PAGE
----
Enter Mourning: A memoir on death, dementia and coming home
By Heather Menzies
Chapter 6: Beginning to Fail (excerpt)
We took turns agreeing that each of our cups was lovely to look at. And then we sat in comfortable silence, the pendulum wall clock ticking beside us. She still leaned in for a kiss, but I noticed that even these muscles were getting weaker. I stroked the soft skin between her thumb and forefinger, and she did the same to me. And so September drifted into October, and I marvelled at how our tea ritual held us – as the rituals of mass have been found to hold others with severe, late-stage dementia. Dr. Sacks writes of such a man in The Man who Mistook his Wife for a Hat: “I saw an intensity and steadiness of attention and concentration that I had never seen before in him or conceived him capable of…the perfect alignment of his spirit with the spirit of the Mass…. He was wholly held, absorbed, by a feeling.”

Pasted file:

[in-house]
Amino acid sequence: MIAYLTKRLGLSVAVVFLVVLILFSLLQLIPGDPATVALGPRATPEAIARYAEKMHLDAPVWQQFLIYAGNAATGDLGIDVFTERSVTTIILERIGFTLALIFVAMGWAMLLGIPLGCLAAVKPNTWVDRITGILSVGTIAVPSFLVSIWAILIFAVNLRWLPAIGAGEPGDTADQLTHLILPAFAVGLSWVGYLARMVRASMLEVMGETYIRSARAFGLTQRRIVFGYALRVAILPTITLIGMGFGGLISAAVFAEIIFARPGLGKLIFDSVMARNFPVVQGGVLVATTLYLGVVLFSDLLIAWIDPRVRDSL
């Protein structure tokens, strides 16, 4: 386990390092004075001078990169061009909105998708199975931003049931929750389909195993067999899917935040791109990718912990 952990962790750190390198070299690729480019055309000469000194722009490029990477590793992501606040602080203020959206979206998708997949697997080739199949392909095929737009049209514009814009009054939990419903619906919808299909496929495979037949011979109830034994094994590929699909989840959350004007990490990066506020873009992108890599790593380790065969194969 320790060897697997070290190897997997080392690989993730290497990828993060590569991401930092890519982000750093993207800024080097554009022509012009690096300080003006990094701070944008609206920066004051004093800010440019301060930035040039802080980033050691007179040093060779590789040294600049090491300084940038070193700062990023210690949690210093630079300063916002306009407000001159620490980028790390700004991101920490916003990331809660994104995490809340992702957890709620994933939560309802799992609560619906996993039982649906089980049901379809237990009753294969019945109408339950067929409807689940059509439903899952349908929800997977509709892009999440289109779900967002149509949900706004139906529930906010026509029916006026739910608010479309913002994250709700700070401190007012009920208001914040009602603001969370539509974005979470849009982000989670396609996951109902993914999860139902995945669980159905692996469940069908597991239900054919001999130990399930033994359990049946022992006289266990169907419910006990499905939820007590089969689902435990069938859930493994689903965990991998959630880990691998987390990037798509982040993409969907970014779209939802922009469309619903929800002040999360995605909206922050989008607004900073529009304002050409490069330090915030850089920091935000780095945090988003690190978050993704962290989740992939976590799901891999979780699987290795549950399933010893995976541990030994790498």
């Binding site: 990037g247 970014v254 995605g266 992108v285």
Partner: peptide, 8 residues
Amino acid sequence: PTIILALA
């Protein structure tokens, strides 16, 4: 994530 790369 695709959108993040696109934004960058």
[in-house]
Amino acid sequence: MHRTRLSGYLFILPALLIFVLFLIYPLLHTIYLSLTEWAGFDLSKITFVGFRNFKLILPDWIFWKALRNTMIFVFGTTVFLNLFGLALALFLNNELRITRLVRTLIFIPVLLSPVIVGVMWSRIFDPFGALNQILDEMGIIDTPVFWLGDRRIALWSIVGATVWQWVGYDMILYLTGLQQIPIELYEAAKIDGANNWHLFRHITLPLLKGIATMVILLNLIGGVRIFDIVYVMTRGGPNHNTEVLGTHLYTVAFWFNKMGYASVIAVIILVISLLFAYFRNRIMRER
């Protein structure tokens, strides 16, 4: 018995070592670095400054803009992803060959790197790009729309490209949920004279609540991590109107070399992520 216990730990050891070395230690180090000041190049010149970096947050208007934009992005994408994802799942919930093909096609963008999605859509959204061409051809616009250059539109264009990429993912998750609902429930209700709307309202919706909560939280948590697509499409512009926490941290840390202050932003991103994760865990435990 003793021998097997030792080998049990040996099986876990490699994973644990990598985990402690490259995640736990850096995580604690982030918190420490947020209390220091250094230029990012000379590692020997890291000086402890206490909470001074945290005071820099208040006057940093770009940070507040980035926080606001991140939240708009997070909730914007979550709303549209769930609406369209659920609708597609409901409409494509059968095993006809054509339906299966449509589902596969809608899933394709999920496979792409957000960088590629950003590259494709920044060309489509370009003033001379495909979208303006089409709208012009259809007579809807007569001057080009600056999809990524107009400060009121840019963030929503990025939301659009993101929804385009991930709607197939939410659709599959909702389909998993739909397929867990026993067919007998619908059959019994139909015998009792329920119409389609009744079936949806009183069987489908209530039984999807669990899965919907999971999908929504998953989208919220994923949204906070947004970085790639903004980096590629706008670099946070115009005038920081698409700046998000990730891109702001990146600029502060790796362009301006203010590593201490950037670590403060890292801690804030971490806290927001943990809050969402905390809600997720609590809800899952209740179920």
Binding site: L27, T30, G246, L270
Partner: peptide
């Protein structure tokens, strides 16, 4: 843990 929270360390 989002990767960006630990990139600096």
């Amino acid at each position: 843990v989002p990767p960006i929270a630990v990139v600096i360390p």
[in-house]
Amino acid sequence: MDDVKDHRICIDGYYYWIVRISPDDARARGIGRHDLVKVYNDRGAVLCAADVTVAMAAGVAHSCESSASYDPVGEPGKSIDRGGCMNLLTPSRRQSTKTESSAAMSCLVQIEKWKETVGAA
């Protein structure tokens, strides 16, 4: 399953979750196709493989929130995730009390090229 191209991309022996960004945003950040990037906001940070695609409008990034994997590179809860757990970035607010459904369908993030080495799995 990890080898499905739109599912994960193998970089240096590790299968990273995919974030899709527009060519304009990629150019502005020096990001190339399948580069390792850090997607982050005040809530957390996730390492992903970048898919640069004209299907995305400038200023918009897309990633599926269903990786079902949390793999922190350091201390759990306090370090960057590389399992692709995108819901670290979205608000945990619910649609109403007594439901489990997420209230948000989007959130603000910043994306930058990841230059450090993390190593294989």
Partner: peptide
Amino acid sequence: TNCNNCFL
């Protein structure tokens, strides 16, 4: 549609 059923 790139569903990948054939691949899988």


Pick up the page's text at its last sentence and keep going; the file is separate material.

One day, Mum held up the teacup I’d just handed her.
“I’m supposed to drink out of this?”
“Yes, Mum,” I said. “That’s the cup,” and I took a sip from mine.
“Ah,” she said, and followed suit.
Another day, we were sitting there quietly, the only sound being her clock on the wall near her bed, and she said, “See that shiny thing going back and forth?”
I could tell she meant the pendulum of the clock reflected in the mirror on the wall opposite us. Yes, I said, and was about to name it as I was still in the habit of doing. But Mum spoke first.
“Isn’t it lovely?” she said.
The word pendulum lodged in my throat, suddenly utterly irrelevant. I swallowed hard then nodded. Yes, I said, squeezing Mum’s hand. “It is lovely to look at,” just for what it is, without a name or understood function.
Lovely, just in itself.
All Contents Copyright © Heather Menzies